By 2020, IT will be embedded in business teams using IT to differentiate the business

From the increasing use of embedded systems to analyst reports arguing that the “Internet of Things” is coming, I see a lot of evidence that the role of intelligent, connected devices in our lives is going to increase. I believe that by 2020, business units will develop much more computing expertise in order to create "smart things" like smart cars, refrigerators, home heating and cooling systems and water recycling systems.

 

I believe the business will also use this computing expertise to create back-end cloud services to add value to these smart things.  By 2020 I believe we will have business teams doing computing themselves and the increasing adoption of cloud services will mean that much of the operations work done by IT today is now done by public cloud providers.

 

This means that the way IT delivers value in 2020 will be different. By 2020, I believe that IT departments will add value by becoming part of business teams.

 

The difference between being involved with the business and committed to the business

In IT you often hear talk about the need for IT to partner with the business. When I was a freshly minted graduate starting out in the world of computing, our R&D section manager was always talking about the difference between commitment and involvement – or, as he put it, between the pig and hen. He used to say, "when you have bacon and eggs for breakfast, the hen was involved but the pig was committed to the project." 

 

As a business person of 30 years, I've started to understand what he was talking about. If someone is allocated to a project team, it's important to know if that person is involved or committed. Are they measured in the same way as everyone else on the project team, or can they hop off the bus if things don't go well, with no consequence to career or salary?  If this person has the same goals – the same upside and downside – as other team members, then this person truly becomes part of the team.

 

So, by 2020, I think that IT people will have to become pigs not hens. They have to be in project teams, measured the same way as the project teams, with the same upsides and downsides as the project teams.

 

We have a great example of this with this Enterprise 20/20 project. We have an IT person in the team. Not, allocated to help us, but actually in the team.

 

Today, few business teams have maximised their use of IT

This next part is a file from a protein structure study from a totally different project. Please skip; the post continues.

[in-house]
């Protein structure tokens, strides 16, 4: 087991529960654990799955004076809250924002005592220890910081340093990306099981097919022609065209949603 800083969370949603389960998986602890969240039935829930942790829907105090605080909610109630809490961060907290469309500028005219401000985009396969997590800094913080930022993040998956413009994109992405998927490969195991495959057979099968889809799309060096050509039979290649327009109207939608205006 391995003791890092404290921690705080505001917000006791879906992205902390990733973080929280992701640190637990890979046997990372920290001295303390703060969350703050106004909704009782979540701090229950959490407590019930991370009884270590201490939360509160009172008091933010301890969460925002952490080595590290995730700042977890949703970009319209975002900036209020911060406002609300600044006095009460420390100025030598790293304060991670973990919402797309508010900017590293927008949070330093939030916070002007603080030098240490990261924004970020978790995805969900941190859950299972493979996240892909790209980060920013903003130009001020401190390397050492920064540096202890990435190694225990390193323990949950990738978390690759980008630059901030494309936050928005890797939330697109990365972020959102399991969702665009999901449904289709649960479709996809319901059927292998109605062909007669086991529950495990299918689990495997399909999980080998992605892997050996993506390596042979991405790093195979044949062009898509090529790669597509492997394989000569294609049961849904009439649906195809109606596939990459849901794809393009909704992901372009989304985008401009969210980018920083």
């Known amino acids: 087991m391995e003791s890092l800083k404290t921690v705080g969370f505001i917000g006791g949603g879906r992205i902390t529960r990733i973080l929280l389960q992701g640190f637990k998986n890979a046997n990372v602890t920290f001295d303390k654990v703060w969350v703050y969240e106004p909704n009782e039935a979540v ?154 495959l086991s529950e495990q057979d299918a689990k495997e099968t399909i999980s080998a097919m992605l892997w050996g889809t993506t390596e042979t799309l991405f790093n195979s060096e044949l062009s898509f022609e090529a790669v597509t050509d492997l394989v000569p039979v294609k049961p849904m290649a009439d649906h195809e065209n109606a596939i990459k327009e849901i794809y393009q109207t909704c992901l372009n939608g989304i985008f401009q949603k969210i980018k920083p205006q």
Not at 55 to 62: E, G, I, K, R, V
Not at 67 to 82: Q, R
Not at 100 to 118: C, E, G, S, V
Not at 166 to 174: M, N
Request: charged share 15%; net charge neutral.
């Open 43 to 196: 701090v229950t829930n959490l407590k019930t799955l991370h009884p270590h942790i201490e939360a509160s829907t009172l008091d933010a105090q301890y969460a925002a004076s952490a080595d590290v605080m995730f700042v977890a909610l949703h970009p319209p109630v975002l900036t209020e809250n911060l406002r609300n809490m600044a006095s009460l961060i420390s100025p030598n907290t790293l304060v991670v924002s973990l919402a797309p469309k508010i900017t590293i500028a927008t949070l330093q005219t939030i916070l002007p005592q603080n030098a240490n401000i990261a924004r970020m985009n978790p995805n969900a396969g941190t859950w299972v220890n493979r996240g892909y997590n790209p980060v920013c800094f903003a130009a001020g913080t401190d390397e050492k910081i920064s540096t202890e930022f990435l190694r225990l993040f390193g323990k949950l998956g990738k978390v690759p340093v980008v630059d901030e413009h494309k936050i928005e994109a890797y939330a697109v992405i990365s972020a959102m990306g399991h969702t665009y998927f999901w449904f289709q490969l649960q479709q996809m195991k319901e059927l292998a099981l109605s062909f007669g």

I also believe that there are very few business project teams who are maximising their use of IT to provide competitive advantage, innovation and efficiency. Most business processes are not optimal - they are not as competitive as they could be, they are not as easy as they could be for the customer, and they are probably not as efficient as they could be.

 

Most business people I work with have a pretty good idea how to make their business processes better. So why don’t they? Oftentimes IT is the stumbling block. To get on IT’s project calendar is difficult, and many business people just give up.

 

The same is often true of the user interfaces created for customers. Business people know how to make them better - easier for the customer or more efficient - but the block is most often the IT department changing the app.

 

When it comes to data analysis this problem is even more acute. I work in the business, and don't know of a single business person who feels that they have the data analysis they need. Now, business people sometimes look for the impossible – for insight from data that can never deliver it – but my experience is that that is not yet the problem. It would be nice if it were.

 

Cloud will take work from IT - but if IT works in the business, it will increase its value

I believe that having IT people in key project teams will really help IT. The IT side of business processes and the application optimisation are not things that you can bolt on afterwards. If IT is in the team from the start, better processes and better application interfaces can be created from the start.

 

So, by 2020, when cloud is used for non-core applications and business processes, where test and dev environments are provided by public cloud, where business units have their own computing experts to create smart things and cloud service to these smart things, central IT must figure out how it is going to provide value to the business. I believe that being part of business teams, creating differentiated and innovative business processes, applications and data analyses is the way to do this.

 

HP has started work on a crowd sourced vision of the world in 2020. We have broken the vision into a number of chapters. One of these chapters concerns the IT department of 2020 and the CIO of 2020.

 

If you would like to contribute to our 2020 vision - either adding content or commenting on existing content - please go to the Enterprise 20/20 web site and dive in!

 

Related Posts

What will the IT department of 2020 actually do?

 

 Author : Mike Shaw

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About the Author
Mike has been with HP for 30 years. Half of that time was in R&D, mainly as an architect. The other 15 years has been spent in product manag...


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